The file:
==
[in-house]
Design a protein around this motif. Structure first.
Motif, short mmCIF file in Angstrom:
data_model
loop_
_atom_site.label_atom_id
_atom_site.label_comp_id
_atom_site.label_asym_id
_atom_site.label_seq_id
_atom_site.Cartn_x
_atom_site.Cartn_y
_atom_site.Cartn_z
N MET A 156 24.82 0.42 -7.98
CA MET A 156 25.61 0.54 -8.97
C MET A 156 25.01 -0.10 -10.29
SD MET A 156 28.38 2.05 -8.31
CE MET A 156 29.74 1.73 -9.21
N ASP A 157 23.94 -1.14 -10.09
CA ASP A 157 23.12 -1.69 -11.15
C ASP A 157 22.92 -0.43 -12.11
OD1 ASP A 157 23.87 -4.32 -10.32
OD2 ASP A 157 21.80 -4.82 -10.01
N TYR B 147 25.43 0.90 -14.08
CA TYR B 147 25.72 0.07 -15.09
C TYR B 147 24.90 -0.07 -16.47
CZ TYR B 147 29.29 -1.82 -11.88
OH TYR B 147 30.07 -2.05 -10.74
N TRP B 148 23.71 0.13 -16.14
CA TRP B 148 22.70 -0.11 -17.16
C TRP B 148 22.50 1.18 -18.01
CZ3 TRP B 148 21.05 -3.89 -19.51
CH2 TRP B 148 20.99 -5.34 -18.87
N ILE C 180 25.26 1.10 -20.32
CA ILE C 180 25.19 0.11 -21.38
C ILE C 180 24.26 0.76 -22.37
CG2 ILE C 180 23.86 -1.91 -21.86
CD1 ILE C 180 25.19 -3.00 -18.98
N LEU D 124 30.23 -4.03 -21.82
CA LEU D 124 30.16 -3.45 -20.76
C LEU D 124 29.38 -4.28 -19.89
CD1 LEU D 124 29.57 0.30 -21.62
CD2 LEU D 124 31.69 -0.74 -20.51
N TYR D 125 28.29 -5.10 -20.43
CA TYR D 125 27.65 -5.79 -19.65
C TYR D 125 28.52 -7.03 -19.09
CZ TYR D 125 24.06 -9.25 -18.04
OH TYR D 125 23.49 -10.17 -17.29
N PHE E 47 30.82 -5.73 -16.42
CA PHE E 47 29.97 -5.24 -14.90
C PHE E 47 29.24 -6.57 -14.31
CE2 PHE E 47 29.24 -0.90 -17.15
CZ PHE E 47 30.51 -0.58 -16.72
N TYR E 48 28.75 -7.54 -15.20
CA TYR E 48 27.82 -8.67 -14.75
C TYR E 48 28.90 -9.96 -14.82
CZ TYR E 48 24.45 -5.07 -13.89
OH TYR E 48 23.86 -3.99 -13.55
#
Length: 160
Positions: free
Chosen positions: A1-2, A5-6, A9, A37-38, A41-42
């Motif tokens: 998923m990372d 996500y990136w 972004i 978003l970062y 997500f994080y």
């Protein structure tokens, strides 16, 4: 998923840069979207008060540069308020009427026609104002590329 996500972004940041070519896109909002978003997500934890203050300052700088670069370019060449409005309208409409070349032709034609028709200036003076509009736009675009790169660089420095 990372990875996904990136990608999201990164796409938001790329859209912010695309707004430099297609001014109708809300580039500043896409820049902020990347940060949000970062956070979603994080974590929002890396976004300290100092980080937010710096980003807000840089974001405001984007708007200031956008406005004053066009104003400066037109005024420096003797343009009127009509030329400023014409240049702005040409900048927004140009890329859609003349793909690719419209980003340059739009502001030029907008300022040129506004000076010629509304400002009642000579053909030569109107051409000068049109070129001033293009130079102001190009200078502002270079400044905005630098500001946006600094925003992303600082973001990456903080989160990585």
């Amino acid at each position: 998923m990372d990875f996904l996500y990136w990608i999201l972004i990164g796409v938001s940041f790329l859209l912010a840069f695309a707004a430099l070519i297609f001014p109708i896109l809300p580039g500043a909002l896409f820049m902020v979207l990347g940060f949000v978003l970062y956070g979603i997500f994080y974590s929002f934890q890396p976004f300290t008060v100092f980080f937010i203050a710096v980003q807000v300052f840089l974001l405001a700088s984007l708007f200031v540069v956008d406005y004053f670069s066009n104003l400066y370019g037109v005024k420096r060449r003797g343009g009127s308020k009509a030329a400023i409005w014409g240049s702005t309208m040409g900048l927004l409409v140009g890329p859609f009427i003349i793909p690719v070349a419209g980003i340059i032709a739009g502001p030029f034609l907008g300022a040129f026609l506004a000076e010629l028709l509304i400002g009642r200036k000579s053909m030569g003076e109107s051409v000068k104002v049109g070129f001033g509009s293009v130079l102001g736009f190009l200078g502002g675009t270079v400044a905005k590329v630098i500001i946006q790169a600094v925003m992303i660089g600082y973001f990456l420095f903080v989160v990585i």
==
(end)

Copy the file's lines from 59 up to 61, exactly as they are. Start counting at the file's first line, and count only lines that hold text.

Length: 160
Positions: free
Chosen positions: A1-2, A5-6, A9, A37-38, A41-42